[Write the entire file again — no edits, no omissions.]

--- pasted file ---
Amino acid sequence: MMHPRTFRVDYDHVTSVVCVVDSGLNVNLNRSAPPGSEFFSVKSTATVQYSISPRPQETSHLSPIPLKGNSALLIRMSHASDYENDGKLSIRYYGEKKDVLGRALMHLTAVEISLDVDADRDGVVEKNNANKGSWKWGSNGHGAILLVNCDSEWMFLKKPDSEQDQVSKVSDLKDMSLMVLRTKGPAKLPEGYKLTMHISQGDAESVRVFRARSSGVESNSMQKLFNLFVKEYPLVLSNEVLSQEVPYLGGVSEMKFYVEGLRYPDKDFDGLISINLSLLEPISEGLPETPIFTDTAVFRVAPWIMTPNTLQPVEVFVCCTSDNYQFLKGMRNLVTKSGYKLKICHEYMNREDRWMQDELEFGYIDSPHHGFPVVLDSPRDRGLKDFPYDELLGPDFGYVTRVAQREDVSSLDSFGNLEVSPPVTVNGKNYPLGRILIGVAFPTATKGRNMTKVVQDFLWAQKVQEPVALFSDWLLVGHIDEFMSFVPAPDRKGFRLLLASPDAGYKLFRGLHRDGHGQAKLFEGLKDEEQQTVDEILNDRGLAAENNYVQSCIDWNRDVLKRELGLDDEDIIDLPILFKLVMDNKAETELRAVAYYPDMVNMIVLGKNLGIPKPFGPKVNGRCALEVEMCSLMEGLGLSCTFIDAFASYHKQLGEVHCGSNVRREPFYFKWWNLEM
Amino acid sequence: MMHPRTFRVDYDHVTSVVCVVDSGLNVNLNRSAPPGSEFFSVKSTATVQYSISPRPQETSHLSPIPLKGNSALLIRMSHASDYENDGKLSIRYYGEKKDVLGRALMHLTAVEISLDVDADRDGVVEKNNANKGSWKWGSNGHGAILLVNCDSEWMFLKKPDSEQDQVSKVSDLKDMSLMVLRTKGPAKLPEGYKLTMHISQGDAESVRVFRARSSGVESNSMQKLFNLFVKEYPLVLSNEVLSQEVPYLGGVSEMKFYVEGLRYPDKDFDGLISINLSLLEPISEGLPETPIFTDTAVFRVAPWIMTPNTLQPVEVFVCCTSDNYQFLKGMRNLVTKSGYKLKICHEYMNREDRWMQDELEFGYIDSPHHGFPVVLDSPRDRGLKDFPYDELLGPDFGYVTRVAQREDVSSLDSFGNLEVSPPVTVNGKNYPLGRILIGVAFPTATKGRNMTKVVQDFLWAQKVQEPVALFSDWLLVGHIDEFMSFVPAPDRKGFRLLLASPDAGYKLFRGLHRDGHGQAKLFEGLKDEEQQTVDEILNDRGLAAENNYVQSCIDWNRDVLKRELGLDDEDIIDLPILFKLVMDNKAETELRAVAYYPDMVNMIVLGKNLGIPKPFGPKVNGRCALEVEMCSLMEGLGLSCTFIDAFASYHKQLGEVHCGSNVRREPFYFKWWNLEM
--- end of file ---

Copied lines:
Amino acid sequence: MMHPRTFRVDYDHVTSVVCVVDSGLNVNLNRSAPPGSEFFSVKSTATVQYSISPRPQETSHLSPIPLKGNSALLIRMSHASDYENDGKLSIRYYGEKKDVLGRALMHLTAVEISLDVDADRDGVVEKNNANKGSWKWGSNGHGAILLVNCDSEWMFLKKPDSEQDQVSKVSDLKDMSLMVLRTKGPAKLPEGYKLTMHISQGDAESVRVFRARSSGVESNSMQKLFNLFVKEYPLVLSNEVLSQEVPYLGGVSEMKFYVEGLRYPDKDFDGLISINLSLLEPISEGLPETPIFTDTAVFRVAPWIMTPNTLQPVEVFVCCTSDNYQFLKGMRNLVTKSGYKLKICHEYMNREDRWMQDELEFGYIDSPHHGFPVVLDSPRDRGLKDFPYDELLGPDFGYVTRVAQREDVSSLDSFGNLEVSPPVTVNGKNYPLGRILIGVAFPTATKGRNMTKVVQDFLWAQKVQEPVALFSDWLLVGHIDEFMSFVPAPDRKGFRLLLASPDAGYKLFRGLHRDGHGQAKLFEGLKDEEQQTVDEILNDRGLAAENNYVQSCIDWNRDVLKRELGLDDEDIIDLPILFKLVMDNKAETELRAVAYYPDMVNMIVLGKNLGIPKPFGPKVNGRCALEVEMCSLMEGLGLSCTFIDAFASYHKQLGEVHCGSNVRREPFYFKWWNLEM
Amino acid sequence: MMHPRTFRVDYDHVTSVVCVVDSGLNVNLNRSAPPGSEFFSVKSTATVQYSISPRPQETSHLSPIPLKGNSALLIRMSHASDYENDGKLSIRYYGEKKDVLGRALMHLTAVEISLDVDADRDGVVEKNNANKGSWKWGSNGHGAILLVNCDSEWMFLKKPDSEQDQVSKVSDLKDMSLMVLRTKGPAKLPEGYKLTMHISQGDAESVRVFRARSSGVESNSMQKLFNLFVKEYPLVLSNEVLSQEVPYLGGVSEMKFYVEGLRYPDKDFDGLISINLSLLEPISEGLPETPIFTDTAVFRVAPWIMTPNTLQPVEVFVCCTSDNYQFLKGMRNLVTKSGYKLKICHEYMNREDRWMQDELEFGYIDSPHHGFPVVLDSPRDRGLKDFPYDELLGPDFGYVTRVAQREDVSSLDSFGNLEVSPPVTVNGKNYPLGRILIGVAFPTATKGRNMTKVVQDFLWAQKVQEPVALFSDWLLVGHIDEFMSFVPAPDRKGFRLLLASPDAGYKLFRGLHRDGHGQAKLFEGLKDEEQQTVDEILNDRGLAAENNYVQSCIDWNRDVLKRELGLDDEDIIDLPILFKLVMDNKAETELRAVAYYPDMVNMIVLGKNLGIPKPFGPKVNGRCALEVEMCSLMEGLGLSCTFIDAFASYHKQLGEVHCGSNVRREPFYFKWWNLEM